Tomatoes: varieties, cultivation techniques, etc ...

Agriculture and soil. Pollution control, soil remediation, humus and new agricultural techniques.
Biobomb
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Tomatoes: varieties, cultivation techniques, etc ...




by Biobomb » 14/06/21, 23:01

We appreciate this fruit / vegetable. But we also have the spirit of laziness.
What are our ways of cultivating it, of managing it?
Do we sow its seeds, which we perhaps reproduce ourselves?
Have we learned to graft them? Have we measured the difference, for a given species, between a grafted plant and an ungrafted one?
Should it always be red in color? is greenhouse cultivation / protection the panacea? Are hybrid varieties to be preferred?
Are we aware of its requirements: soil preparation, repeated or not repeated watering, suppression of gourmets, staking, fattening, treatments, perhaps preventive measures, care in the event of attacks or diseases, etc.
And of course for you the best one?
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humus
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Re: Tomatoes: varieties, cultivation techniques, etc ...




by humus » 16/06/21, 07:13

Hello,
This year I try not to tutor.
It worked well last year.

I do the plants myself, I sow a few seeds per bucket and let everything come, I don't select the best plant so I end up with a small grove of about 5 feet per bucket.
I don't cut gourmets either, I only cut tomatoes! : Lol:

When it grows with tomatoes, the weight causes the branches to bend and touch the ground and it starts up again vertically.
The plants in the center are a little staked by the lateral plants which lie down.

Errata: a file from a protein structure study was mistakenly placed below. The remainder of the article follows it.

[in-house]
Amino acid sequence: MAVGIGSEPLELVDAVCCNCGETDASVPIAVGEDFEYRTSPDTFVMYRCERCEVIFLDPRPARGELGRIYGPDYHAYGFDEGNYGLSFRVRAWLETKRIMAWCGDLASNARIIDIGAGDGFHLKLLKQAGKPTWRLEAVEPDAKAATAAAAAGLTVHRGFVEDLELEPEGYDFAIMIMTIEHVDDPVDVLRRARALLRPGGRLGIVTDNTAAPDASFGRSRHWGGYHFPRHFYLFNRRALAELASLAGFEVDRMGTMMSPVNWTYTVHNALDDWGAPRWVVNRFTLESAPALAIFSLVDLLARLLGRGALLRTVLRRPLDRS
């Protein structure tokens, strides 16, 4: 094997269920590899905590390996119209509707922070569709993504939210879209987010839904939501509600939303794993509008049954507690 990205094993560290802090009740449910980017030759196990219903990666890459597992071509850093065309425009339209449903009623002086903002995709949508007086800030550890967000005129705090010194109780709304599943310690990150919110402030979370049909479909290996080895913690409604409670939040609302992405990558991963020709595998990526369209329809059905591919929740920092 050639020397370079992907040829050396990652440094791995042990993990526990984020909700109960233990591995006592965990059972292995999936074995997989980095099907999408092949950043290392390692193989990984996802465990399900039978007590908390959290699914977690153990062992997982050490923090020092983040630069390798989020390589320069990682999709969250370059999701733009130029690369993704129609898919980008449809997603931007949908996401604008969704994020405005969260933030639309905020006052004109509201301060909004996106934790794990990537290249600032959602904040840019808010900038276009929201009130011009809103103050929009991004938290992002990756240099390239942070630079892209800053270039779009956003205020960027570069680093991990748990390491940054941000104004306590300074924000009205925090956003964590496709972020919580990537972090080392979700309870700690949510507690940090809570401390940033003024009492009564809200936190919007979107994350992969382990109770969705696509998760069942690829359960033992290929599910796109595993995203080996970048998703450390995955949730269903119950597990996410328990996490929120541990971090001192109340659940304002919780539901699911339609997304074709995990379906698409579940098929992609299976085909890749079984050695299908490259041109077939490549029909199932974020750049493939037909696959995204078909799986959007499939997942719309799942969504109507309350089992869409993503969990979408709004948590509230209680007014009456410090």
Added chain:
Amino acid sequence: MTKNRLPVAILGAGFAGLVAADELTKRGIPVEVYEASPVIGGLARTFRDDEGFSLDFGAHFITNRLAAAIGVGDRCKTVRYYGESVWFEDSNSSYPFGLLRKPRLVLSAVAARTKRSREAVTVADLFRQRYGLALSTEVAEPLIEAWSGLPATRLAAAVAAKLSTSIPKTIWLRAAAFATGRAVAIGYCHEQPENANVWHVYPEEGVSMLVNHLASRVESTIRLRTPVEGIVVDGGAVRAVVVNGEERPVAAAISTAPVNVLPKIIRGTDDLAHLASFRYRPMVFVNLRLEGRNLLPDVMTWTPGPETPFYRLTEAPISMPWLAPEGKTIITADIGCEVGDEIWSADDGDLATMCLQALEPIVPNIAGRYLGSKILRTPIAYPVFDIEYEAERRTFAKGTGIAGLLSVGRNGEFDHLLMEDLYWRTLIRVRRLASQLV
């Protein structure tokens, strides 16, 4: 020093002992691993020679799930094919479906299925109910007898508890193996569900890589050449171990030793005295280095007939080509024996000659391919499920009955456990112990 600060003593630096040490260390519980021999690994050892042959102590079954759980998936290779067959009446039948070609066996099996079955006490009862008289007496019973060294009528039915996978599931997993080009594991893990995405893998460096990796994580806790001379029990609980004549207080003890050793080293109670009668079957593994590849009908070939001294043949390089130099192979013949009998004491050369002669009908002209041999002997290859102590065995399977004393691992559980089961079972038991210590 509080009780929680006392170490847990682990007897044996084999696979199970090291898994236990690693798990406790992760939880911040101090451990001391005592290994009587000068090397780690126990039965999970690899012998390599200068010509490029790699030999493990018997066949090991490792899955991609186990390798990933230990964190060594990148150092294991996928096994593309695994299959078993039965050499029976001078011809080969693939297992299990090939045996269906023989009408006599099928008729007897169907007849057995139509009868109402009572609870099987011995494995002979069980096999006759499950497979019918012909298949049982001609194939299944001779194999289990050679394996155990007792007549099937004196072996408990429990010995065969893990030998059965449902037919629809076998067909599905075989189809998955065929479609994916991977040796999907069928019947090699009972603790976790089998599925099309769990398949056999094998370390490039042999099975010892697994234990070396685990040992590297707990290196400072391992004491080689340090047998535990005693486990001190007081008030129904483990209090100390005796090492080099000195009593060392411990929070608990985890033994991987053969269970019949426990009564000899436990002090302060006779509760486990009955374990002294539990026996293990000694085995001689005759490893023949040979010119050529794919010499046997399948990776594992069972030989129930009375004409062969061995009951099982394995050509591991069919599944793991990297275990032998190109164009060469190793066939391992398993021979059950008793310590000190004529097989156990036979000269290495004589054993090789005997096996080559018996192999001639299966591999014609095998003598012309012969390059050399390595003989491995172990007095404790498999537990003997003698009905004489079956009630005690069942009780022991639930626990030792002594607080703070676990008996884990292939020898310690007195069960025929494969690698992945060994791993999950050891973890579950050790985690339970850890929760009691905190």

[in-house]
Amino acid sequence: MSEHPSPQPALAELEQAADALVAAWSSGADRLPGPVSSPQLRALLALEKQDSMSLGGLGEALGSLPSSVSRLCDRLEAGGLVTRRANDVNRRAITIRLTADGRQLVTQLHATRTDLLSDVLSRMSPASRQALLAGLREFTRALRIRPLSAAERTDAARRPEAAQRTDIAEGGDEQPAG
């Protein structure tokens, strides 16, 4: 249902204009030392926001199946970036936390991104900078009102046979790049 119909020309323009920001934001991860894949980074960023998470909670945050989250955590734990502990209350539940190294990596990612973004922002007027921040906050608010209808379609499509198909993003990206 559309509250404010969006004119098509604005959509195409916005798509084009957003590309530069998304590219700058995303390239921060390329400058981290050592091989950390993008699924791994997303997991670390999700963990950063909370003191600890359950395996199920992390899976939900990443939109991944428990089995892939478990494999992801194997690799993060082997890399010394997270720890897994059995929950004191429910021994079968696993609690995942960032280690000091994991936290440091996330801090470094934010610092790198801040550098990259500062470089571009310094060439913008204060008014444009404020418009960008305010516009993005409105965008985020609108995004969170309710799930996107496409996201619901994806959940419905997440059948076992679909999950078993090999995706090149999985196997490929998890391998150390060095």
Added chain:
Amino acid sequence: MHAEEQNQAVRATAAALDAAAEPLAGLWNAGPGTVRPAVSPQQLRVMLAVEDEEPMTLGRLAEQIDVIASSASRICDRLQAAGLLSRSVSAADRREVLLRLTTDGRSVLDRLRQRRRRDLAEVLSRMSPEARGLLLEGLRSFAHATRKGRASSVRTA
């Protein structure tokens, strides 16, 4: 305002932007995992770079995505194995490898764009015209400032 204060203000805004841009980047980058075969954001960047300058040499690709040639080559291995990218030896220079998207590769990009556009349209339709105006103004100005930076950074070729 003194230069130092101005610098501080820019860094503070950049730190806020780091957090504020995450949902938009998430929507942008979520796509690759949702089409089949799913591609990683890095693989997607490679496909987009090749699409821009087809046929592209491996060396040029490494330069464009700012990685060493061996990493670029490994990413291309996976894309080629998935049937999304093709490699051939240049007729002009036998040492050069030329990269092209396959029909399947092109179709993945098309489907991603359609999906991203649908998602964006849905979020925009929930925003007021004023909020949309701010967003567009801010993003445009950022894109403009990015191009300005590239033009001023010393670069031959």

I had tomatoes that hit the ground, it's BRF, there was no disease.
I imagine it all depends on the weather, which was good for the tomatoes last year.

The 4 plants that I had selected and staked (in the old fashioned way) on about twenty feet gave practically nothing.
I plant outside, on BRF and I water.
I also put nettle in the bottom of the hole in the plantation which is reputed to prevent diseases and I don't have any but the weather is everything.
I am considering a greenhouse to extend the season and protect myself from the vagaries of the weather.

The tomatoes are probably smaller when planted in a grove, but there is more than enough.
I plant Saint Peter with a deliciously sweet taste
and black from Crimea.

Too lazy, last year I didn't make the seeds.
I am motivated to make them this year because I believe in the adaptation of seeds to the soil : Arrow: epigentic

For planting in a grove, I was inspired by nature, when a tomato falls to the ground, the seeds remain grouped and it gives a small grove that the slugs loved in spring!
Too bad, I would have liked to see what it gives then.
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Re: Tomatoes: varieties, cultivation techniques, etc ...




by humus » 17/06/21, 06:37

Hello,

Yesterday youtube offers me a video on the winding of tomato leaves and as I do not know, I keep aside.
This morning, a trip to the vegetable garden and I have the problem on some feet! : Lol: ou :(
It doesn't sound that bad.